Privacy advocates at Stanford on Tuesday unveiled a new initiative that could pave the way for browser developers to block cookies set by ad networks.
The new Cookie Clearinghouse, helmed by Stanford privacy expert Aleecia McDonald, hopes to enable browser developers to block third-party cookies -- such as those set by ad networks -- without also inadvertently blocking cookies from companies that have relationships with consumers.
The new group's advisory board includes representatives from the browser developers Mozilla and Opera. Other members include computer scientist and privacy advocate Jonathan Mayer, computer science researcher Rob van Eijk, and Future of Privacy Forum Director Jules Polonetsky.
With the launch of the Cookie Clearinghouse, Mozilla moves one step closer to automatically blocking third-party cookies for Firefox users. Mozilla's Chief Technology Officer Brendan Eich blogged on Wednesday that the company intends to help develop the Cookie Clearinghouse “so that browsers can use its lists to manage exceptions to a visited-based third-party cookie block.”
Earlier this year, the browser developer said it intended to roll out a cookie-blocking patch. But the company delayed its plans after early testing showed the software also sometimes blocked first-party cookies. At the time, Eich said in a blog post that the patch resulted in false negatives because companies sometimes use more than one domain name.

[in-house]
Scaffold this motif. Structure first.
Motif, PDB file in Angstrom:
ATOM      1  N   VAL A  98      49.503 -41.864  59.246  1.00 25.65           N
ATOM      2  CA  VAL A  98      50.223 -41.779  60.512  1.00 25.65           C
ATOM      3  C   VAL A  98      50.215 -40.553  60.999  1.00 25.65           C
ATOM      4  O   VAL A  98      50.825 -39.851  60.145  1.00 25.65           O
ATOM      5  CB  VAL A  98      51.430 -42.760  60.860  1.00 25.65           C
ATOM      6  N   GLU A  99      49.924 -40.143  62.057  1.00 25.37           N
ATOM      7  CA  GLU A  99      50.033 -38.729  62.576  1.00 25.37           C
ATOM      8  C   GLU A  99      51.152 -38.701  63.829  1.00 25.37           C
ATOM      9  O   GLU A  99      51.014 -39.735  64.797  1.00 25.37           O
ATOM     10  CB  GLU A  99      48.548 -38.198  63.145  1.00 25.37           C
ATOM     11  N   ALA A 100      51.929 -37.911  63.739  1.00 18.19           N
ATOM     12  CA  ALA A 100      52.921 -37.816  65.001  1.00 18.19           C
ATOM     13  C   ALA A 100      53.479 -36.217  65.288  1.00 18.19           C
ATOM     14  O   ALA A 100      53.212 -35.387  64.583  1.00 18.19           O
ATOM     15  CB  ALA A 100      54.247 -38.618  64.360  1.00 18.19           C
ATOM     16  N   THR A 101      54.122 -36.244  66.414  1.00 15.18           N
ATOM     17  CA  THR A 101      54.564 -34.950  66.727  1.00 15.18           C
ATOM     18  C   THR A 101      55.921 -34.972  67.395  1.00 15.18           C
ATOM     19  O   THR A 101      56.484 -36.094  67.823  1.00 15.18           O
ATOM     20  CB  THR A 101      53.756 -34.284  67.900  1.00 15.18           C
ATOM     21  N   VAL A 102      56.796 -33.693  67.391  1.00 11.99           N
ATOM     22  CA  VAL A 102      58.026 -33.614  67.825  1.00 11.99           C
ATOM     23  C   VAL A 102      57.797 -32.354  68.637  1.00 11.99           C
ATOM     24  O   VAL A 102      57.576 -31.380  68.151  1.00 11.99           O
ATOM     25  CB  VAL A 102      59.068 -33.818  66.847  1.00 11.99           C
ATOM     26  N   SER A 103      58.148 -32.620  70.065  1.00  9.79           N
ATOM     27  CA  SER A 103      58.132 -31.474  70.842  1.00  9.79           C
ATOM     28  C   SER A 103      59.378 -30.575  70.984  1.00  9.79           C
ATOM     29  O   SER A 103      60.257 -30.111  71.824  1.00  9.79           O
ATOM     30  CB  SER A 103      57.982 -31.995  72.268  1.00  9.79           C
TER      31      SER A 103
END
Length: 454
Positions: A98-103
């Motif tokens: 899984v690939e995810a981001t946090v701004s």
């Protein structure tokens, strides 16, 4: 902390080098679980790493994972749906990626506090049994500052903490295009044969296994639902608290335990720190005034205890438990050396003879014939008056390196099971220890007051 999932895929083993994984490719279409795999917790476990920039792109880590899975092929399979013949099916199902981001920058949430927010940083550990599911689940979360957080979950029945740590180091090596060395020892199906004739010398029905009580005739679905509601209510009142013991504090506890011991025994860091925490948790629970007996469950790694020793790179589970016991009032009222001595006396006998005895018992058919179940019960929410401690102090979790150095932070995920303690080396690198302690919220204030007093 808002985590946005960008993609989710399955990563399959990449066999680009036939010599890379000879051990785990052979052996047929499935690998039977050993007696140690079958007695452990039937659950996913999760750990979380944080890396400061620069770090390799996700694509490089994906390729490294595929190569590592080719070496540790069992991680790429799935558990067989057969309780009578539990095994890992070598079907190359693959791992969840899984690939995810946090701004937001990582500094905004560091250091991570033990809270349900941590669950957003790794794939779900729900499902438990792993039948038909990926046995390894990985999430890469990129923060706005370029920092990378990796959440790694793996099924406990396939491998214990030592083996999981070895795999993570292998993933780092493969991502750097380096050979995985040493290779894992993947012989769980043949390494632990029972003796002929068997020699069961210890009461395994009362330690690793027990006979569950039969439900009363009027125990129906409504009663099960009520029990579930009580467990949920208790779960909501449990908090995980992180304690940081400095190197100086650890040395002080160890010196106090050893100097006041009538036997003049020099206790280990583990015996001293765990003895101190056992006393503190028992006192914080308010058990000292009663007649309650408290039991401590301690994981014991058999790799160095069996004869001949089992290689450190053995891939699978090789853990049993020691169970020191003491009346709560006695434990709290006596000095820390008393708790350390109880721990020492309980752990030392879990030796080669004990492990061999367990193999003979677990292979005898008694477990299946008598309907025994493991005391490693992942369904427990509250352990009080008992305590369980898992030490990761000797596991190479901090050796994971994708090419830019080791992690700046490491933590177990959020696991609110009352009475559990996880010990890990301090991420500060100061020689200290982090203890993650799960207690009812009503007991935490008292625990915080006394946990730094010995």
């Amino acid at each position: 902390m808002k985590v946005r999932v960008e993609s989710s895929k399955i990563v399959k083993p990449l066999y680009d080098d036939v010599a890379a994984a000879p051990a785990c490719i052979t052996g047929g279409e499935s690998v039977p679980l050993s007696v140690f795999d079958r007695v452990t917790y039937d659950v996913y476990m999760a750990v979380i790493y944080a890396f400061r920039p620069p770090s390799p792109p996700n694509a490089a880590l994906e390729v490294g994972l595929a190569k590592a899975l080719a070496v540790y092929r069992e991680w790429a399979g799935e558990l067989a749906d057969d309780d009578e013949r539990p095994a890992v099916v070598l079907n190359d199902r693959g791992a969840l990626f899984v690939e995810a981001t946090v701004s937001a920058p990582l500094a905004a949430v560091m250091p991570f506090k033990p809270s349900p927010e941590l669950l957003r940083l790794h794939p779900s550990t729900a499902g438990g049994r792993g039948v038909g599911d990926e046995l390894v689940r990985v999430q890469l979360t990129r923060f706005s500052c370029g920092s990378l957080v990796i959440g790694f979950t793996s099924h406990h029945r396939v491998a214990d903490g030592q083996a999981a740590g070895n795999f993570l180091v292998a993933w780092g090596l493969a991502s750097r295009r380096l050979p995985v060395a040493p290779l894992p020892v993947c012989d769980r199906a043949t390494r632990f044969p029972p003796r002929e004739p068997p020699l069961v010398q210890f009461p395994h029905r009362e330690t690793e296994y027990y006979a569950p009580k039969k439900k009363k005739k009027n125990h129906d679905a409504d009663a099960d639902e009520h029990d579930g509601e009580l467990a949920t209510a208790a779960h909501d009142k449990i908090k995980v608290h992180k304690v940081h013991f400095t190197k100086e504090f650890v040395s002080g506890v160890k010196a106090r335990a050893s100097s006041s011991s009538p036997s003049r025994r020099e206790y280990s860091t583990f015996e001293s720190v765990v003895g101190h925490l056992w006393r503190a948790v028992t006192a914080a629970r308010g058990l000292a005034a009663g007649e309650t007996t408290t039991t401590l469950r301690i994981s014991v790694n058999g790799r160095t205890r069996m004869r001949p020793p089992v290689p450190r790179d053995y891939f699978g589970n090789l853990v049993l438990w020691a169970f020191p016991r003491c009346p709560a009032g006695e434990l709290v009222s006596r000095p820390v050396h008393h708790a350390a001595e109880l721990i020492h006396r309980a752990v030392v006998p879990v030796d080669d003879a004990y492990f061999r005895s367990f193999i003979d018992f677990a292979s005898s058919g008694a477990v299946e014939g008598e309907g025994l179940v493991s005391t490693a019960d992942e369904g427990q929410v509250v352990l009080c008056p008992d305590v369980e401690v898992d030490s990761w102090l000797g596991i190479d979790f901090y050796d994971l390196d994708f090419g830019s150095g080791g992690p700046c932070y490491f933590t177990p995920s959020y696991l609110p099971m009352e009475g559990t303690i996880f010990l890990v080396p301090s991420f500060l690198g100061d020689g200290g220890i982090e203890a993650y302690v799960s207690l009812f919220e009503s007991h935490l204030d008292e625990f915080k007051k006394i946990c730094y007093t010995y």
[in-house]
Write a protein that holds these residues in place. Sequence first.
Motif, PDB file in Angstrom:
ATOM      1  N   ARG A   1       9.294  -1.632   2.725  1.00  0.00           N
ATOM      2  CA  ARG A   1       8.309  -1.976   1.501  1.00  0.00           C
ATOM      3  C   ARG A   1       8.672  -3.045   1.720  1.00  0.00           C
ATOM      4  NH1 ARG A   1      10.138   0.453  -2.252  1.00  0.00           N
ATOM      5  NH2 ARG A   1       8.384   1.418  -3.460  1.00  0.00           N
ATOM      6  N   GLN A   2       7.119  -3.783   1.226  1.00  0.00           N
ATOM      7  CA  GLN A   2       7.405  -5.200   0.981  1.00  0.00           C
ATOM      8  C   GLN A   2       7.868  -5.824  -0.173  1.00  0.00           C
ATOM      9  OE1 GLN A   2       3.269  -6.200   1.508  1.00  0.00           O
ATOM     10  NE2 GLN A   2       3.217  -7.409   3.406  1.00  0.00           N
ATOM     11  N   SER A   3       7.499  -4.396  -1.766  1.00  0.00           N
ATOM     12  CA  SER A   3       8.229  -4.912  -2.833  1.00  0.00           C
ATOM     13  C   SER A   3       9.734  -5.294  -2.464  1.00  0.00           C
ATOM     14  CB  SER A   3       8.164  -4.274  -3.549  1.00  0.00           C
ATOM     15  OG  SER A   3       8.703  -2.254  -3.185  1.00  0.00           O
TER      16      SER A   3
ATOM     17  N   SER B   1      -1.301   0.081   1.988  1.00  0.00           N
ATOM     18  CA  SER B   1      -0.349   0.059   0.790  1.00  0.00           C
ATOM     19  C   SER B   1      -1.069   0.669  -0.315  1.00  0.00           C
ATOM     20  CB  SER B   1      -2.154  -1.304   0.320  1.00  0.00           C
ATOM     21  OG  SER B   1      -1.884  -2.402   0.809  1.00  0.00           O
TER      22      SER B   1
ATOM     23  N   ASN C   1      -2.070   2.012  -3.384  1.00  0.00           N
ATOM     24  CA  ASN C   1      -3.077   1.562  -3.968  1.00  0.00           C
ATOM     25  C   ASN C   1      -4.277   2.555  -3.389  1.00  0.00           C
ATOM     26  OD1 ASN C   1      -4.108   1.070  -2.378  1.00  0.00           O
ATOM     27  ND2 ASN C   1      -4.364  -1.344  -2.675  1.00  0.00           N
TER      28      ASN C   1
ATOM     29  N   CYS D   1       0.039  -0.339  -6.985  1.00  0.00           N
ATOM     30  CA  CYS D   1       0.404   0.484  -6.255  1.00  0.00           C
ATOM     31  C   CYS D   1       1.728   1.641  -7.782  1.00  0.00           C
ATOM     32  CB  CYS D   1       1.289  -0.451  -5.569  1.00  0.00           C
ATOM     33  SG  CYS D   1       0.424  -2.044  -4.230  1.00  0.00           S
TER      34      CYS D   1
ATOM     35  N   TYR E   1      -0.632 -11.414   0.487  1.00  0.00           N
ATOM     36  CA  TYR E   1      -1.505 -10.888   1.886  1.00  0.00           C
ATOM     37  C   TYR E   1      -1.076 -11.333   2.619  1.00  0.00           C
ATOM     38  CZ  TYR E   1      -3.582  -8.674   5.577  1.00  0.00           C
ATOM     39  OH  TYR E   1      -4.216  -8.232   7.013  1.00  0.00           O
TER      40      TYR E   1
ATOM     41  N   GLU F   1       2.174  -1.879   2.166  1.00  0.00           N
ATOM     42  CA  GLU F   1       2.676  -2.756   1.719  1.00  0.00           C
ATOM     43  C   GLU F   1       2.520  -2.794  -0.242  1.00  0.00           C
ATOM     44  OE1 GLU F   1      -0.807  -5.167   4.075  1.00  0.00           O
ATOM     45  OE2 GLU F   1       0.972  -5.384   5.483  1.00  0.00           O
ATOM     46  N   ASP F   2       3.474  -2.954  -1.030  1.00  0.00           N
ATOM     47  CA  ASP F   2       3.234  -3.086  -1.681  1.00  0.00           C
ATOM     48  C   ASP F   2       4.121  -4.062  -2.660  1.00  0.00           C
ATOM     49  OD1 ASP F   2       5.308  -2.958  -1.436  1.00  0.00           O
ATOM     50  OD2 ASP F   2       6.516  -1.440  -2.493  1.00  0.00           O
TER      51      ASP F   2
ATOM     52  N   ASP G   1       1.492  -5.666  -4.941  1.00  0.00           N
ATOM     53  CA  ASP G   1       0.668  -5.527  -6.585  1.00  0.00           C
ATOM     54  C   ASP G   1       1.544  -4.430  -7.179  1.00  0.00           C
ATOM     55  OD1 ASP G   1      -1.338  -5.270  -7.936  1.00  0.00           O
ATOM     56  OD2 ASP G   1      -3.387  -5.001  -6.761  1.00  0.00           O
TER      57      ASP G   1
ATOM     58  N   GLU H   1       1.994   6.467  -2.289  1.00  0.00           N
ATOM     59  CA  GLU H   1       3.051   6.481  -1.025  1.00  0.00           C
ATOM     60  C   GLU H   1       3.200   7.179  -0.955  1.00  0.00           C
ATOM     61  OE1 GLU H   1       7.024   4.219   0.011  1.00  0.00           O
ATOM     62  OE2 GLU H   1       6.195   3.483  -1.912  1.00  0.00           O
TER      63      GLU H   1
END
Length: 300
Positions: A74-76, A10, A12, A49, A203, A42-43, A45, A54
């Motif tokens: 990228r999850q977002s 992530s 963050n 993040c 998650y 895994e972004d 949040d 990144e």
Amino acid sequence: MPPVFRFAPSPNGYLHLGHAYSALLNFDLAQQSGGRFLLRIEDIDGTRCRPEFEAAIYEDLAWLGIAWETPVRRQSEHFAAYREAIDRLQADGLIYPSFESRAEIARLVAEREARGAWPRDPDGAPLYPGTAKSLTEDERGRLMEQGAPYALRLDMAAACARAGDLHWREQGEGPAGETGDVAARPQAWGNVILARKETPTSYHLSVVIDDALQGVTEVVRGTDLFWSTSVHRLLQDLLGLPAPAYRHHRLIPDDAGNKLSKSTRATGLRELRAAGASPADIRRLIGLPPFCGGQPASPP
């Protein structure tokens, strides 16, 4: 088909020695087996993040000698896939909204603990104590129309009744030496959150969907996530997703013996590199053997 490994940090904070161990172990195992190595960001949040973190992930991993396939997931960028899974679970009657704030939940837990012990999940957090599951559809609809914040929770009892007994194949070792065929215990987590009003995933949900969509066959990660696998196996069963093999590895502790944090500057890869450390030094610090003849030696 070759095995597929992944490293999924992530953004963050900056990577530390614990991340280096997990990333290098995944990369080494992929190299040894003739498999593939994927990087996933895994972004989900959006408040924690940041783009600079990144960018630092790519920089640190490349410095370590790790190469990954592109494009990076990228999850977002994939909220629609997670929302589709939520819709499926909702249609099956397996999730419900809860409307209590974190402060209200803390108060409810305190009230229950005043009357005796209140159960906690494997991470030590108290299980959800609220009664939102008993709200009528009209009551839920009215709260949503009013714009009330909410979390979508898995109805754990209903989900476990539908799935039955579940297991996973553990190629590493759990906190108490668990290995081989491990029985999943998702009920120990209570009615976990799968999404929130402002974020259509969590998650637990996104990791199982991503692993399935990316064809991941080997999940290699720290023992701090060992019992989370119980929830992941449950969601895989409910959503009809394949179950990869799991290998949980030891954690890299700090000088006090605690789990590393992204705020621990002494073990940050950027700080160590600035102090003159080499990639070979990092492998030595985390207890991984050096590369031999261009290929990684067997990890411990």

For instance, he said, a company could offer a consumer-facing site, “foo.com,” which embeds cookies from “foocdn.com.” The patch would have blocked those cookies because it didn't recognize that foo.com and foocdn.com were owned by the same company.
The Cookie Clearinghouse hopes to solve that problem by developing standards to determine whether cookies should be considered first-party or third-party. The clearinghouse intends to publish whitelists as well as blacklists that will guide browser developers in determining whether to consider companies as third parties.
The group will start by presuming that sites should be able to set cookies if users have visited those sites, but not if a user has not visited that site. But the clearinghouse intends to set up a procedure to allow sites to challenge that presumption.
McDonald says the organization intends to spend the next several months developing criteria for evaluating when particular domains should be blocked.
Cookie Clearinghouse also is considering placing ad networks on a whitelist if they honor do-not-track signals sent by browsers. All browser manufacturers currently offer do-not-track headers, but the
ad industry hasn't yet figured out how to interpret them.
The Internet standards group World Wide Web Consortium, made up of computer scientists, privacy advocates and ad industry representatives, has so far been unable to reach a consensus about how to respond to the headers.